But Mr. Attenborough’s photographs (F.L. Attenborough was the father of Richard and David) of the Southwell capitals are an almost perfect interpretation. They have as much depth as the camera can achieve without smudging detail to obtain dramatic contrasts. Moreover, photographs have two advantages over originals which are not universally recognised or at least admitted. They focus the reader’s attention on important detail that he might miss on the actual spot, drawn from capital to capital by their multiple interest. And, as they lie on a table or are reproduced on the pages of a book, they can be enjoyed and studied with more comfort and leisure.
…And is not the balance of Southwell something deeper too than a balance of nature and style or of the imitative and the decorative? Is it not perhaps also a balance of God and World, the invisible and the visible? Could these leaves of the English countryside, with all their freshness, move us so deeply if they were not carved in that spirit which filled the saints and poets and thinkers of the thirteenth century, the spirit of religious respect for the loveliness of created nature?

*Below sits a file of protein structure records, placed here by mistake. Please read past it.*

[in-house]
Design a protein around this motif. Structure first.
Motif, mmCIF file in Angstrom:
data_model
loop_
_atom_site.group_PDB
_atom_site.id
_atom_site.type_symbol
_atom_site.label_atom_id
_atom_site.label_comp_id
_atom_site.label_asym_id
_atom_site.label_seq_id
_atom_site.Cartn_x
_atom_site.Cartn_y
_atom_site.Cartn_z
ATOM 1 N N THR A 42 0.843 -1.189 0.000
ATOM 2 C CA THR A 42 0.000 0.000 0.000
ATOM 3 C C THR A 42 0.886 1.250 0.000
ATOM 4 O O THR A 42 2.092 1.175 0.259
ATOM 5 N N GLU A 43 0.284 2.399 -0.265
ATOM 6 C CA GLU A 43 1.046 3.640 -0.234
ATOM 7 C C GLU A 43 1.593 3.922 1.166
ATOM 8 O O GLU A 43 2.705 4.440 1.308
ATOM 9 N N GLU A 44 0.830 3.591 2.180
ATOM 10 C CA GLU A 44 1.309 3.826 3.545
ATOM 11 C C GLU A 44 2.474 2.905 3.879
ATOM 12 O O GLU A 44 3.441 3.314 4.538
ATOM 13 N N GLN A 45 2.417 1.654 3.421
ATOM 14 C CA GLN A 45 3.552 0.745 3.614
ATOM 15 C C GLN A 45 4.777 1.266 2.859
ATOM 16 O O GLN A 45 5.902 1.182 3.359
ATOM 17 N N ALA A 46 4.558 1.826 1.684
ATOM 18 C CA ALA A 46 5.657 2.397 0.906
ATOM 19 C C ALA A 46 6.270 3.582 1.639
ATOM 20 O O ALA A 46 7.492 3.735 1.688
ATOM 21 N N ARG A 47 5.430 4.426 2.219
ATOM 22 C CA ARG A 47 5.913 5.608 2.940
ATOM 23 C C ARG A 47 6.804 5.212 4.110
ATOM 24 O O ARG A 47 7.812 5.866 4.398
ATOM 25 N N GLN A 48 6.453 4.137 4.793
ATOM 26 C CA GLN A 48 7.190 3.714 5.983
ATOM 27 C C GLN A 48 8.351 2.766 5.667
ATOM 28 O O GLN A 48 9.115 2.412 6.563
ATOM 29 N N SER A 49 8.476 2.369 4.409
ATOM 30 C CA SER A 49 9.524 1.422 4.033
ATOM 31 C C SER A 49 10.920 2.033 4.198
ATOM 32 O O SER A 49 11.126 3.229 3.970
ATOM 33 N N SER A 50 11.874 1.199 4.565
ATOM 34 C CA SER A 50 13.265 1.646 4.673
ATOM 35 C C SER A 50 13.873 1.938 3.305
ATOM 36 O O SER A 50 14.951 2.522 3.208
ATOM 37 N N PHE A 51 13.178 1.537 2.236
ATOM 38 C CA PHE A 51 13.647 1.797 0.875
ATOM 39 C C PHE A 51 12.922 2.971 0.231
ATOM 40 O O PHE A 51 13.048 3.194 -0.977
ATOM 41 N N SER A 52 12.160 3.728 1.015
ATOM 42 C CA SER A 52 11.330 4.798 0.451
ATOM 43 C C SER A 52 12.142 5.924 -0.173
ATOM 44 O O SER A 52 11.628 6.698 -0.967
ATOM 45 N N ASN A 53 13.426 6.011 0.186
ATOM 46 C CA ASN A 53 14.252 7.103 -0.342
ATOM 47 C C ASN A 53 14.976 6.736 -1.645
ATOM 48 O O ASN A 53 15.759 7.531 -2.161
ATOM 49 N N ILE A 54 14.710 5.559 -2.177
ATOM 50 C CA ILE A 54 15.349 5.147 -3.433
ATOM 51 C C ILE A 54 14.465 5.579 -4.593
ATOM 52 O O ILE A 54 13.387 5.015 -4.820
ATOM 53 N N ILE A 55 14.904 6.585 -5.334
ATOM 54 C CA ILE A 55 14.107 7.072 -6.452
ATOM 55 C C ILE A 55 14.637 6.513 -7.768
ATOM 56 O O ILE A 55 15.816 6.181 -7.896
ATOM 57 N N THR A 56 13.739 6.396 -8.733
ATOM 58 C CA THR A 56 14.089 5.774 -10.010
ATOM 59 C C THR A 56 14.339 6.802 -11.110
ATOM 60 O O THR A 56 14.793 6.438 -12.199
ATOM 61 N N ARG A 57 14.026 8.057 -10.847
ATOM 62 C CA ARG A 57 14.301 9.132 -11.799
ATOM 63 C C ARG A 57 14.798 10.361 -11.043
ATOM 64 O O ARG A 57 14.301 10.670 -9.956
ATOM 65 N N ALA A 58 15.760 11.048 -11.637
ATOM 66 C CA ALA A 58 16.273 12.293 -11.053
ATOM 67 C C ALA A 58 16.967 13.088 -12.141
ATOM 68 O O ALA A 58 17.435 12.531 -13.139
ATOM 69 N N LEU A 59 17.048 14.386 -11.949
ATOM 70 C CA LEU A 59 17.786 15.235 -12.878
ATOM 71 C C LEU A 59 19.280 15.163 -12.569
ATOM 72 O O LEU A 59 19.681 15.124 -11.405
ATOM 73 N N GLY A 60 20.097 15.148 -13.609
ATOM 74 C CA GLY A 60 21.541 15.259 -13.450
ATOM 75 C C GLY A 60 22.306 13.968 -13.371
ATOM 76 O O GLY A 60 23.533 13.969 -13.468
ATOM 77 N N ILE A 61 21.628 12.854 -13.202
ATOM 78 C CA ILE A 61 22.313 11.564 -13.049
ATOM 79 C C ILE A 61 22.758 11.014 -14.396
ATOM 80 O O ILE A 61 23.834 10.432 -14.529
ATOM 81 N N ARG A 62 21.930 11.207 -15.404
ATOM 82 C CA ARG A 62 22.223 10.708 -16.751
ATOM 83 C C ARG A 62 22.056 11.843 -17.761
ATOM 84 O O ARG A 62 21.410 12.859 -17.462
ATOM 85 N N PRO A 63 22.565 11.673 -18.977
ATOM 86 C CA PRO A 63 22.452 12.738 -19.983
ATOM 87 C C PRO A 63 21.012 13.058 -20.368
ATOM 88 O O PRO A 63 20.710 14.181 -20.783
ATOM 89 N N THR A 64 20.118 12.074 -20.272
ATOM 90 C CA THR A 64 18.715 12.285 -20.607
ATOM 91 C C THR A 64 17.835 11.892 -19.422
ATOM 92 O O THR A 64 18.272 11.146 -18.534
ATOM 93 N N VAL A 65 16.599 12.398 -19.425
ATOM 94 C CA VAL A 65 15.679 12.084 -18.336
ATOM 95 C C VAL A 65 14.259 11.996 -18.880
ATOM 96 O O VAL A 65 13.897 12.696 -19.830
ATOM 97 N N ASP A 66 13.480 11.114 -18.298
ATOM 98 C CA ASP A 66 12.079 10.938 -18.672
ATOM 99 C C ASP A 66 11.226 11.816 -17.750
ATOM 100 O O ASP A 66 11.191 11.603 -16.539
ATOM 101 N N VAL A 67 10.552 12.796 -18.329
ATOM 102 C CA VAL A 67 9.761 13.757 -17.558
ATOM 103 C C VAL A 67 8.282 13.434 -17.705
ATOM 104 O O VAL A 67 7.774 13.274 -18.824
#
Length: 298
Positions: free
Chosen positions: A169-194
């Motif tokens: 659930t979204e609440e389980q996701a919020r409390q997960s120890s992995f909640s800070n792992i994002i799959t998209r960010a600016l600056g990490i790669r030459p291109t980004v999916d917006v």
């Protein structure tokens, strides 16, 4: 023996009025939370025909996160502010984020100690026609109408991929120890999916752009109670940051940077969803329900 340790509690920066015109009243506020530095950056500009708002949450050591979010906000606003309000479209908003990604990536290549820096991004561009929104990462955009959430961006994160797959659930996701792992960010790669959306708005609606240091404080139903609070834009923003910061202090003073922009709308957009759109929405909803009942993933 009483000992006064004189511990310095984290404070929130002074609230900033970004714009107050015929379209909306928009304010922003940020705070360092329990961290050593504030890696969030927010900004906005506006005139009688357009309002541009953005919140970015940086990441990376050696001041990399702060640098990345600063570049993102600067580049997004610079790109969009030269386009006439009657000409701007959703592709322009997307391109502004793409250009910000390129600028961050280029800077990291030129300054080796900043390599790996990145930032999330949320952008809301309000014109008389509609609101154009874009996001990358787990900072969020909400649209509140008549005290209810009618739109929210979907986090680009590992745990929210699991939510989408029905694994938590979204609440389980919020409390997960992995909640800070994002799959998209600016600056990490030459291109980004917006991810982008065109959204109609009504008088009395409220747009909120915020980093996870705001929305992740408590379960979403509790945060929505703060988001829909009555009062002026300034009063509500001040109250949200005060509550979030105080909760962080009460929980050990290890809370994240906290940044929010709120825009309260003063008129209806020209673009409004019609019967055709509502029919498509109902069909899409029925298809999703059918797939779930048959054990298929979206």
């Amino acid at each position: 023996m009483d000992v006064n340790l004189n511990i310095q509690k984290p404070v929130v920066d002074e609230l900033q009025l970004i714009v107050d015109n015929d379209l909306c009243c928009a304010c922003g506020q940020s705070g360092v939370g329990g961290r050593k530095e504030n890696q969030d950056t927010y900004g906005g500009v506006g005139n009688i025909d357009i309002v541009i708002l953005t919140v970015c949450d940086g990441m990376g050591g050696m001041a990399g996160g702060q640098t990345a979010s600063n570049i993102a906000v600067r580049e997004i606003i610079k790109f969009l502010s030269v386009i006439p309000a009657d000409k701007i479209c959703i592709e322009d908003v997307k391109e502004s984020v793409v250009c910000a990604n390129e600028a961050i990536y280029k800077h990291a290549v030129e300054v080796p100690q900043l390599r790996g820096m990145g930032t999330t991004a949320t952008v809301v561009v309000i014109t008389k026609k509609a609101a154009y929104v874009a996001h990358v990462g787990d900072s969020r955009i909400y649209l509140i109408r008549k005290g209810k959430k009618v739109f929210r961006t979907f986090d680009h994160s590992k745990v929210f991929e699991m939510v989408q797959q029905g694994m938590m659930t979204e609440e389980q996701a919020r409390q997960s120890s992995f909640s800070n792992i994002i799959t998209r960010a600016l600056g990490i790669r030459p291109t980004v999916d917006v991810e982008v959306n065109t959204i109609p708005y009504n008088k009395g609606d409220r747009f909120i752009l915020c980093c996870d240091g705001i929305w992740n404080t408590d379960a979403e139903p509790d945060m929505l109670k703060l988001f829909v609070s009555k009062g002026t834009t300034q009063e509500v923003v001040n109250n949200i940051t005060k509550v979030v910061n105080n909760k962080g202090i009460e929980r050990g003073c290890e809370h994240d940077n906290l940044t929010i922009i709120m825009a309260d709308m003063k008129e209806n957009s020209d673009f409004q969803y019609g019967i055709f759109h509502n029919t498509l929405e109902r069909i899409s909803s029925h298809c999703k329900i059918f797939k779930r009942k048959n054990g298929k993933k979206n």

The inexhaustible delight in live form that can be touched with worshipping fingers and felt with all senses is ennobled… by the conviction that so much beauty can exist only because God is in every man and beast, in every herb and stone. The Renaissance in the South two hundred years later was perhaps once again capable of such worship of beauty, but no firm faith was left to strengthen it.
Seen in this light, the leaves of Southwell assume a new significance as one of the purest symbols surviving in Britain of Western thought, our thought, in its loftiest mood.
This is a wonderful little book, a child of its time but ageing well and still beautiful. I am encouraged to visit Southwell Minster and its delightfully lively chapter house, with all its quick bright carvings.
I am especially grateful for this King Penguin. Here are some of our previous gifts –
Curiously, when looking back through my iCloud photo files I found these two images, a box of King Penguins from Julia Hallewell and a copy of Arboreal from Little Toller, each with the same date, 16 November 2016. They had both arrived on the same day!